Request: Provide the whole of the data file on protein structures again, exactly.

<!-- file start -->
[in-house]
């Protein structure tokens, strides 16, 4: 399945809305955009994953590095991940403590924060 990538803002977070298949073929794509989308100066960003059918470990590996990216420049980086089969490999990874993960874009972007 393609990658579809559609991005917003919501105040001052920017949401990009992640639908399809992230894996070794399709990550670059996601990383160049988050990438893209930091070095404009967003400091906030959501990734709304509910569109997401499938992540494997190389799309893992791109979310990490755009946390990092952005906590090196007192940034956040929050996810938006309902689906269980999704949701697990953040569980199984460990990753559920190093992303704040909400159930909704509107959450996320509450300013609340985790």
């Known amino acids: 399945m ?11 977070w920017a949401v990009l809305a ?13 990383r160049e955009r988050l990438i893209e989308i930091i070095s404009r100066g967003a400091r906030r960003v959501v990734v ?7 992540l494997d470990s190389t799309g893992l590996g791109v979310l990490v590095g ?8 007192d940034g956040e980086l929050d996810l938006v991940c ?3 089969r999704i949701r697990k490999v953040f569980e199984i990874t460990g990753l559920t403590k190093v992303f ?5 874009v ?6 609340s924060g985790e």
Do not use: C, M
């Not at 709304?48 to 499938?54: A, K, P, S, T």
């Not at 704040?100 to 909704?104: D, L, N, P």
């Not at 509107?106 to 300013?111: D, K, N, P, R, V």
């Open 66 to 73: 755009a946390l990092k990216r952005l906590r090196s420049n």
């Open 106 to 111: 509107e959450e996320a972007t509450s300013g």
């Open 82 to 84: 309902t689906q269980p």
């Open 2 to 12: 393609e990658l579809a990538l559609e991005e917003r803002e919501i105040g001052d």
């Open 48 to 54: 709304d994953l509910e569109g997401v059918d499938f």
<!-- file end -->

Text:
[in-house]
């Protein structure tokens, strides 16, 4: 399945809305955009994953590095991940403590924060 990538803002977070298949073929794509989308100066960003059918470990590996990216420049980086089969490999990874993960874009972007 393609990658579809559609991005917003919501105040001052920017949401990009992640639908399809992230894996070794399709990550670059996601990383160049988050990438893209930091070095404009967003400091906030959501990734709304509910569109997401499938992540494997190389799309893992791109979310990490755009946390990092952005906590090196007192940034956040929050996810938006309902689906269980999704949701697990953040569980199984460990990753559920190093992303704040909400159930909704509107959450996320509450300013609340985790």
């Known amino acids: 399945m ?11 977070w920017a949401v990009l809305a ?13 990383r160049e955009r988050l990438i893209e989308i930091i070095s404009r100066g967003a400091r906030r960003v959501v990734v ?7 992540l494997d470990s190389t799309g893992l590996g791109v979310l990490v590095g ?8 007192d940034g956040e980086l929050d996810l938006v991940c ?3 089969r999704i949701r697990k490999v953040f569980e199984i990874t460990g990753l559920t403590k190093v992303f ?5 874009v ?6 609340s924060g985790e």
Do not use: C, M
């Not at 709304?48 to 499938?54: A, K, P, S, T």
């Not at 704040?100 to 909704?104: D, L, N, P």
């Not at 509107?106 to 300013?111: D, K, N, P, R, V």
């Open 66 to 73: 755009a946390l990092k990216r952005l906590r090196s420049n």
């Open 106 to 111: 509107e959450e996320a972007t509450s300013g």
């Open 82 to 84: 309902t689906q269980p």
């Open 2 to 12: 393609e990658l579809a990538l559609e991005e917003r803002e919501i105040g001052d």
């Open 48 to 54: 709304d994953l509910e569109g997401v059918d499938f």